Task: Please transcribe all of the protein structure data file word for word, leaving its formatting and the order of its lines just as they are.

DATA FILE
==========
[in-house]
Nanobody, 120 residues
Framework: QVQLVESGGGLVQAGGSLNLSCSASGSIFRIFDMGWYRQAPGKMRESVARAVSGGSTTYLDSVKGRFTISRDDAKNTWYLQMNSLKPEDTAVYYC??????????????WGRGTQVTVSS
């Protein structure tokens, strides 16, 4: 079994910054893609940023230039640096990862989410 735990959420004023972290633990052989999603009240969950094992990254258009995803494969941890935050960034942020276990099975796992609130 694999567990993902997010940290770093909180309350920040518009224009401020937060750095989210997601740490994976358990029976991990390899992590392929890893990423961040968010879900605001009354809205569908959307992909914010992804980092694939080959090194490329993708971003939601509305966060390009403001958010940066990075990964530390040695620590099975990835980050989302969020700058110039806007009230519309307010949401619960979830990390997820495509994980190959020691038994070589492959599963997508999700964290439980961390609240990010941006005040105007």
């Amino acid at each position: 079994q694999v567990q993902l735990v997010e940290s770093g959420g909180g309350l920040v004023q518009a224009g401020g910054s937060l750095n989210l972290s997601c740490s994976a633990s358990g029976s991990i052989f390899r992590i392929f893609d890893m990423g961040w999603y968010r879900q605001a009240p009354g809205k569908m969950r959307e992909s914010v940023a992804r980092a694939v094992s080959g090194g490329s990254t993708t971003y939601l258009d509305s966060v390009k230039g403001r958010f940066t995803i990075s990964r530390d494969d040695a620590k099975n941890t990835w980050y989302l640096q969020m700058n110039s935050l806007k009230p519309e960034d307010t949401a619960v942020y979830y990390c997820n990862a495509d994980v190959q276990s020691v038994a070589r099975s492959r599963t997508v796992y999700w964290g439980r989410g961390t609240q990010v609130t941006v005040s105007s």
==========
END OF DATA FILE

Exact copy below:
[in-house]
Nanobody, 120 residues
Framework: QVQLVESGGGLVQAGGSLNLSCSASGSIFRIFDMGWYRQAPGKMRESVARAVSGGSTTYLDSVKGRFTISRDDAKNTWYLQMNSLKPEDTAVYYC??????????????WGRGTQVTVSS
């Protein structure tokens, strides 16, 4: 079994910054893609940023230039640096990862989410 735990959420004023972290633990052989999603009240969950094992990254258009995803494969941890935050960034942020276990099975796992609130 694999567990993902997010940290770093909180309350920040518009224009401020937060750095989210997601740490994976358990029976991990390899992590392929890893990423961040968010879900605001009354809205569908959307992909914010992804980092694939080959090194490329993708971003939601509305966060390009403001958010940066990075990964530390040695620590099975990835980050989302969020700058110039806007009230519309307010949401619960979830990390997820495509994980190959020691038994070589492959599963997508999700964290439980961390609240990010941006005040105007």
């Amino acid at each position: 079994q694999v567990q993902l735990v997010e940290s770093g959420g909180g309350l920040v004023q518009a224009g401020g910054s937060l750095n989210l972290s997601c740490s994976a633990s358990g029976s991990i052989f390899r992590i392929f893609d890893m990423g961040w999603y968010r879900q605001a009240p009354g809205k569908m969950r959307e992909s914010v940023a992804r980092a694939v094992s080959g090194g490329s990254t993708t971003y939601l258009d509305s966060v390009k230039g403001r958010f940066t995803i990075s990964r530390d494969d040695a620590k099975n941890t990835w980050y989302l640096q969020m700058n110039s935050l806007k009230p519309e960034d307010t949401a619960v942020y979830y990390c997820n990862a495509d994980v190959q276990s020691v038994a070589r099975s492959r599963t997508v796992y999700w964290g439980r989410g961390t609240q990010v609130t941006v005040s105007s």